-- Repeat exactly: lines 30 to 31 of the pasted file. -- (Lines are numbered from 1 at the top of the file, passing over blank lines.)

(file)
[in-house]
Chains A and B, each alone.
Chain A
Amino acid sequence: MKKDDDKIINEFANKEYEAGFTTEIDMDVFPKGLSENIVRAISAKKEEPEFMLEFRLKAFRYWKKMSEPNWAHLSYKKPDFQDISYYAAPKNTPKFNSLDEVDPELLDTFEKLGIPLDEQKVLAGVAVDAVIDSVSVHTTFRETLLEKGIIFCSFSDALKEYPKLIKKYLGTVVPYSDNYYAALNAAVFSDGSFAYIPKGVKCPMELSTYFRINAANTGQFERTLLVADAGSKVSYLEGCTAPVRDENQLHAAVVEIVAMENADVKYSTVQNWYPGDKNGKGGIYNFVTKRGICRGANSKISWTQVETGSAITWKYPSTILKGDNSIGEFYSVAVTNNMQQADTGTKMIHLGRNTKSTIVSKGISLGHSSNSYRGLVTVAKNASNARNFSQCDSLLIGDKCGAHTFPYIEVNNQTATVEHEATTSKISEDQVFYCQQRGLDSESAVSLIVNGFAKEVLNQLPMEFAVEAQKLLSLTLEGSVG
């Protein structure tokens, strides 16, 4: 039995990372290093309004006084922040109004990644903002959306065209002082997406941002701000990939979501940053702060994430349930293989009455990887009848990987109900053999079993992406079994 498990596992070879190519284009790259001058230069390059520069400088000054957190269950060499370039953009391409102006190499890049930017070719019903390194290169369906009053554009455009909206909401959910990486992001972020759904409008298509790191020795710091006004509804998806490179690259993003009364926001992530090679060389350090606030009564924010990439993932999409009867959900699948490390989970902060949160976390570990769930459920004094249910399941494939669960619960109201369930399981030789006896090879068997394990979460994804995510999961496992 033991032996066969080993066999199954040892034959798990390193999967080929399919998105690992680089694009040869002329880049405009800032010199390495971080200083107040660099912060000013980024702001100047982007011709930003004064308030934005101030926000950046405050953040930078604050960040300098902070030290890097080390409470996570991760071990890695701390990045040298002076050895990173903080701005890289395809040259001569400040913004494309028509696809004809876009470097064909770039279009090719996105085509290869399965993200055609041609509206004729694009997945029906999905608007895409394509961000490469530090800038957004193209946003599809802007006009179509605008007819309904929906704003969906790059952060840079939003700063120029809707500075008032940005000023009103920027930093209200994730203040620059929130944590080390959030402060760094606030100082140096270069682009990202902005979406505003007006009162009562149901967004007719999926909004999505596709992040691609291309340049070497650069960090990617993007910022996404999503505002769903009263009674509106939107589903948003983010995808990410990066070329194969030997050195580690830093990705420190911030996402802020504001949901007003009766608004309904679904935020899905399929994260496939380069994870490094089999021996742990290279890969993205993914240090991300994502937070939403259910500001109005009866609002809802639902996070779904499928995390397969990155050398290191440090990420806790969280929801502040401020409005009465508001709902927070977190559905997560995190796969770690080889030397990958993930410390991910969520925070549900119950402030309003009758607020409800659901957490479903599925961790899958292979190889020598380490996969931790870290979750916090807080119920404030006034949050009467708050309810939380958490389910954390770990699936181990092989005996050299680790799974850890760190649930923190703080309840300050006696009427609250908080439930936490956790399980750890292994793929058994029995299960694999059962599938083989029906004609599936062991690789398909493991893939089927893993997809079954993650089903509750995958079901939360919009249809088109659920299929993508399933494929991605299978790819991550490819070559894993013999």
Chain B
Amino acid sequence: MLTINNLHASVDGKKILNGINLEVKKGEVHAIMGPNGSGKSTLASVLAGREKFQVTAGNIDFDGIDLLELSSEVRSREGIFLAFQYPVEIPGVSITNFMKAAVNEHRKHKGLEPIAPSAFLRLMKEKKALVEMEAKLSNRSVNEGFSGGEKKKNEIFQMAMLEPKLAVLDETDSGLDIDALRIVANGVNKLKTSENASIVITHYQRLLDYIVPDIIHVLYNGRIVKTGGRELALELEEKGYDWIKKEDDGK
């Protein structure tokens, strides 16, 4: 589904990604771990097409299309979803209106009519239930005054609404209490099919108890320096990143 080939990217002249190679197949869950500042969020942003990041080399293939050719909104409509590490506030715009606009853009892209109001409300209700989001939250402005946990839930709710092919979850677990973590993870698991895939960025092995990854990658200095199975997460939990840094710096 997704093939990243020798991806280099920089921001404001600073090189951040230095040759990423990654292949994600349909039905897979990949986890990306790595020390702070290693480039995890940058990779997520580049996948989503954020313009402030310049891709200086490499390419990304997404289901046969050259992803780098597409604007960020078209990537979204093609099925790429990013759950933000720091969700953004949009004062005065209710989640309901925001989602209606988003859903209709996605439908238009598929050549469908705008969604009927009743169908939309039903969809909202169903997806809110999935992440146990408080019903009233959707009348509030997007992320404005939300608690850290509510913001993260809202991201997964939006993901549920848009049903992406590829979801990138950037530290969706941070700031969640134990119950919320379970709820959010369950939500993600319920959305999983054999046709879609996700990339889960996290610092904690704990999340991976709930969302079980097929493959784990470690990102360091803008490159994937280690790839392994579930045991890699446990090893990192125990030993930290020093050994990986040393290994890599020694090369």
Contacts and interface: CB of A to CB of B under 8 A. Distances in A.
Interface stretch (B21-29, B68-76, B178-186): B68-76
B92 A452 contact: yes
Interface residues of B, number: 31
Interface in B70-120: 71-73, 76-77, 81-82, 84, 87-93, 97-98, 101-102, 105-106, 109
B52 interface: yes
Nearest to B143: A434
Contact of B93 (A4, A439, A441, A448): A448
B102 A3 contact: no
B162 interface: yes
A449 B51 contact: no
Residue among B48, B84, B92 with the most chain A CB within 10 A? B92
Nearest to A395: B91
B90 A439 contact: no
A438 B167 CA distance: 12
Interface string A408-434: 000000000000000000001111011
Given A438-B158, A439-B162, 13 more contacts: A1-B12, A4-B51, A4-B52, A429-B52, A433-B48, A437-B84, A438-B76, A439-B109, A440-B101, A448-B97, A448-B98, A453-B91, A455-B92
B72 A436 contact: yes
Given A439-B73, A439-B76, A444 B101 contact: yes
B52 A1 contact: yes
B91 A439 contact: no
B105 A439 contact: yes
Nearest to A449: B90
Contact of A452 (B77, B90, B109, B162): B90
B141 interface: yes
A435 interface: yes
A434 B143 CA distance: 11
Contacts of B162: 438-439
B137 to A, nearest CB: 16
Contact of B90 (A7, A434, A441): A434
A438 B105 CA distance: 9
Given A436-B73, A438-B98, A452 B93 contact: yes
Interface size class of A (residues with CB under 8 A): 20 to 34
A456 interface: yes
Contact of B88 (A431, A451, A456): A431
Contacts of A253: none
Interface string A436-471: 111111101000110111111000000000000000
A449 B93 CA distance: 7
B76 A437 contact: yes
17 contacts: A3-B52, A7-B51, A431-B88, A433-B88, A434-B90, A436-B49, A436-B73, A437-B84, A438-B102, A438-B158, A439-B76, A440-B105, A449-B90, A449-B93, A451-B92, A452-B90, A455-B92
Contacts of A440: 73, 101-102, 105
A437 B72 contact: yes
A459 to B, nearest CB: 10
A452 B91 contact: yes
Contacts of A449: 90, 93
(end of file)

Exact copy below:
B105 A439 contact: yes
Nearest to A449: B90